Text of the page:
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Exclusive Interview with Mali's Tamikrest, the Heirs of the Desert

“We, sons of the desert / Who live in drought / This empty space / Where thirst and wind hold sway / Bare of shade and water / But full of liberty / It’s the country of antelopes / And nature’s beautiful beasts.”

Tamikrest on AddisTunes.com

The ‘Heirs of the Desert’ have spoken. 

Tamikrest - meaning the knot - is a young Touareg band from Mali, produced by Chris Eckman, of Dirtmusic whom they met at the Festival au Desert in Timbuktu in 2008.  This fortuitous encounter gave birth to their band, a strong friendship and for us, two studio albums.

Tamikrest’s sound is founded on the Tamashek music tradition “we must all recognize that we belong to a community and a culture, and that this culture is our strength in the eyes of others” the band says.

Their music is in the same vein of, but distinct from, that of Tinariwen, they own their very dynamics of loops of drums and ululations, of instrumental and vocal rings supporting solid guitar riffs on reverbs and hypnotising rhythms of basslines.  All assembled they draw polyphonic compositions that bear the crown, lyrics in Tamashek, politically engaged, full of hopes, of truths, of love. Free.

“The Touareg want to live in freedom in their homeland and end this form of colonisation, which has prevailed for 50 years, in other words, for far too long.”

Tamikrest’s first album ‘Adagh’ came out in 2009 on the heels of which they set off for a tour taking them all over Europe.  Their second album ‘Toumastin’ was released in late 2010 and just before they set off on their next adventure, Addis Tunes has caught up with them for a chat.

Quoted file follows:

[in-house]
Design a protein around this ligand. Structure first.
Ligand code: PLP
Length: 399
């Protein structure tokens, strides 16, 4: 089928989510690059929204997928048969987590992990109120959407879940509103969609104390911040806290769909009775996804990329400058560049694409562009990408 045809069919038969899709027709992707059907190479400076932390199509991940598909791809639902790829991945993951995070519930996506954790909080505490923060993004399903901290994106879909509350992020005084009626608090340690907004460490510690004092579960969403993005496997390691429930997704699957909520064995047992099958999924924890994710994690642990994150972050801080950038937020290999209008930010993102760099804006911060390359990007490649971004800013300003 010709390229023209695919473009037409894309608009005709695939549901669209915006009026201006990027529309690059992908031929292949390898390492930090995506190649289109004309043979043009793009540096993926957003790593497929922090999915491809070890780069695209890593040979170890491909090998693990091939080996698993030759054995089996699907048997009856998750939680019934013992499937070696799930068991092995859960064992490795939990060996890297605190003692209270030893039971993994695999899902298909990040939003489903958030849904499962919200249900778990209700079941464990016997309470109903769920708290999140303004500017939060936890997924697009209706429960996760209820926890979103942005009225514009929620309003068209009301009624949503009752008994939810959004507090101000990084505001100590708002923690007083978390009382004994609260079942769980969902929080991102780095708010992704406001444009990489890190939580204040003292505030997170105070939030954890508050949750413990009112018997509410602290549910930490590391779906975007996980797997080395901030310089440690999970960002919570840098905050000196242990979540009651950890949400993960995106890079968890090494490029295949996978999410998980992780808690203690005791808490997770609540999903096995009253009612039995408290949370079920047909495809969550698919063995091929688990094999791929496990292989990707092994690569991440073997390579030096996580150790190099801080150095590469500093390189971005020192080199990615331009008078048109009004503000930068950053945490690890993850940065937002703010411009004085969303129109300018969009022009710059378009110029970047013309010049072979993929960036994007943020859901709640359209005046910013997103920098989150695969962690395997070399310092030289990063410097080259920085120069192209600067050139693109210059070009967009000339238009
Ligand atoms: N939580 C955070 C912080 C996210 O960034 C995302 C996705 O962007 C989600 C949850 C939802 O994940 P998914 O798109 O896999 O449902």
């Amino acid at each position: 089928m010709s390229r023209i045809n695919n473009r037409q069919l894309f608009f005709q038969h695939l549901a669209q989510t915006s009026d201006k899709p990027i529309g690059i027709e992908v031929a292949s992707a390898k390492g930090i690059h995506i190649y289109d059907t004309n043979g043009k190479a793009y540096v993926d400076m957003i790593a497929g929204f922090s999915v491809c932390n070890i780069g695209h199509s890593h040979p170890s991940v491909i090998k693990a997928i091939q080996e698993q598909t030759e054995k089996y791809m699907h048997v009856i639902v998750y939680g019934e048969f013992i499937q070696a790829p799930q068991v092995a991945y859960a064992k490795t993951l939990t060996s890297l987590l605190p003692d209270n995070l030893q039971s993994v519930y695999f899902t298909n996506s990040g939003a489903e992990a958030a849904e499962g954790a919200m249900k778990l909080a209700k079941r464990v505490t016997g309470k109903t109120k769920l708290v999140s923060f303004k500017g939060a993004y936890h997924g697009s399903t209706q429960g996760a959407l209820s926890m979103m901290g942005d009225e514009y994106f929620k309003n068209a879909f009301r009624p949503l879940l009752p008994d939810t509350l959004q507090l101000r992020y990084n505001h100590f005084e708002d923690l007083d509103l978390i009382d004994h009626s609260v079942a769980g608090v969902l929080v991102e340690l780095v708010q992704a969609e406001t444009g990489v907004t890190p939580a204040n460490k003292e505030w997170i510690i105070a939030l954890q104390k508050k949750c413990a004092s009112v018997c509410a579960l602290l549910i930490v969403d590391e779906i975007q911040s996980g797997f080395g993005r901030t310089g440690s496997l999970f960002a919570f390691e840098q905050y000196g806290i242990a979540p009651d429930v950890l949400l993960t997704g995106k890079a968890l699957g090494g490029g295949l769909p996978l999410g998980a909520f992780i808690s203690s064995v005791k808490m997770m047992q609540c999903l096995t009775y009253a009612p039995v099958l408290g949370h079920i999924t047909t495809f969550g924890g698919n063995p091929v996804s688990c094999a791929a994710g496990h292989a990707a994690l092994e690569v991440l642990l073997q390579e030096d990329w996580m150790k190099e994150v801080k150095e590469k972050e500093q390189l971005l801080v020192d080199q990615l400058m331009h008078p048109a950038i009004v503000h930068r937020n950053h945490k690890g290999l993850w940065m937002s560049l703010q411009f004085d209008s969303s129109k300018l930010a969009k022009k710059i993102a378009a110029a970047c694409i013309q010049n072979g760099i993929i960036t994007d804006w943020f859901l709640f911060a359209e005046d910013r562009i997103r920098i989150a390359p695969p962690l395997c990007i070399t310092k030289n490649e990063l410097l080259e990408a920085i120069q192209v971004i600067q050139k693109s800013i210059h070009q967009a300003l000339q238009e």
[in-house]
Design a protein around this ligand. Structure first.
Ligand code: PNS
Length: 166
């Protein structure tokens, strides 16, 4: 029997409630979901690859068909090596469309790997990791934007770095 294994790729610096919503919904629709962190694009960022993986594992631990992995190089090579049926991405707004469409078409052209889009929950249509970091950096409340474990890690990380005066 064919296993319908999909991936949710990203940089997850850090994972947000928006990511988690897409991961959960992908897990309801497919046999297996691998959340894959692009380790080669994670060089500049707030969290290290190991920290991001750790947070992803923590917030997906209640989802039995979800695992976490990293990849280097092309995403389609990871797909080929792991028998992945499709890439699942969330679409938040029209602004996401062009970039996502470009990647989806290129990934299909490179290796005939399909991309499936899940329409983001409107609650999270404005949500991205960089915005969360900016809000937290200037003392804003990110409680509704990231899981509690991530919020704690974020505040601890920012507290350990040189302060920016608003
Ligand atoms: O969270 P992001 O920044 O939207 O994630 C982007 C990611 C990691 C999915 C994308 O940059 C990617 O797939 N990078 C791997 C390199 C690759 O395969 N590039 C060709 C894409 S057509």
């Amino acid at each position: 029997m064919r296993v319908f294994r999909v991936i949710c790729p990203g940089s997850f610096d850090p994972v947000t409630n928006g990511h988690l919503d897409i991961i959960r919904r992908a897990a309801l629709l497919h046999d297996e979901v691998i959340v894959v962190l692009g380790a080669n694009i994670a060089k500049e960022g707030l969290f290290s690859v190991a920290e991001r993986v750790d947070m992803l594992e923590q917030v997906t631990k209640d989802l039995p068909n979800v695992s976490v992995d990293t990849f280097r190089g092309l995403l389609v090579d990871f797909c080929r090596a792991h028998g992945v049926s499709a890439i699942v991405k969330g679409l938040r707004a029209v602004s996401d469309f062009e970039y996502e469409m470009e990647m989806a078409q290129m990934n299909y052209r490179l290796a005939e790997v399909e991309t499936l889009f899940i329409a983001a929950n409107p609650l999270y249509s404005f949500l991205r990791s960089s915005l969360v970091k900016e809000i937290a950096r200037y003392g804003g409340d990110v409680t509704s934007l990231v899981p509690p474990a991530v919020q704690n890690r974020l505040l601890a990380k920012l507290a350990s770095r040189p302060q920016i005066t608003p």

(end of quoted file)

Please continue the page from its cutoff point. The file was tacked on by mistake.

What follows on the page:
Who are the members of your band?

In Tamashek music you don`t have fixed structures as you have in more Western orientated bands. When we play live in our region, other musicians may come up and play with us. But of course, there is also a core band membership. Tamikrest`s founding members in 2006 are Ousmane, Aghaly, Cheikh and Mossa. We are still the band´s basic.

Who writes the texts and who composes the music or is it a shared process with no strict division between all your inputs?

The lyrics and the basic music is mostly written by Ousmane Ag Mossa. On our new album “Toumastin” are also two songs by Mahmud Ag Ahmouden, a new band member. The songs are worked out in a common process by all Tamikrest members. If it works with a song, it`s a Tamikrest song.

What instruments do you use? What are the traditional instruments typical to Tamashek music that you like to feature in your songs?

The Tamashek music has a very old tradition. But in early 2000, when the band Tinariwen came through and out of the Ishumar movement, it changed to a more modern sound with electric instruments. Tamikrests sound is based on this. We are playing electric guitar and bass, sometimes even a drumkit and we mix it with the typical female voice of Tuaregs and with traditional percussions.

Was using the electric guitar a natural move towards making music for you? The guitars you use have distinct sounds, perhaps what I hear is the way you thumb it, what type of guitars are they? Are they 5, 6 or 7 strings?

Yes it has been a natural move. Although I started, because of no alternatives then, with an acoustic guitar, but the sound I wanted to create is an electric sound. It`s our understanding of modern Tuareg sound. And the guitar players in Tamikrest play standard western guitars. The difference in sound comes from the special way of fingerpicking and sometimes a different tuning.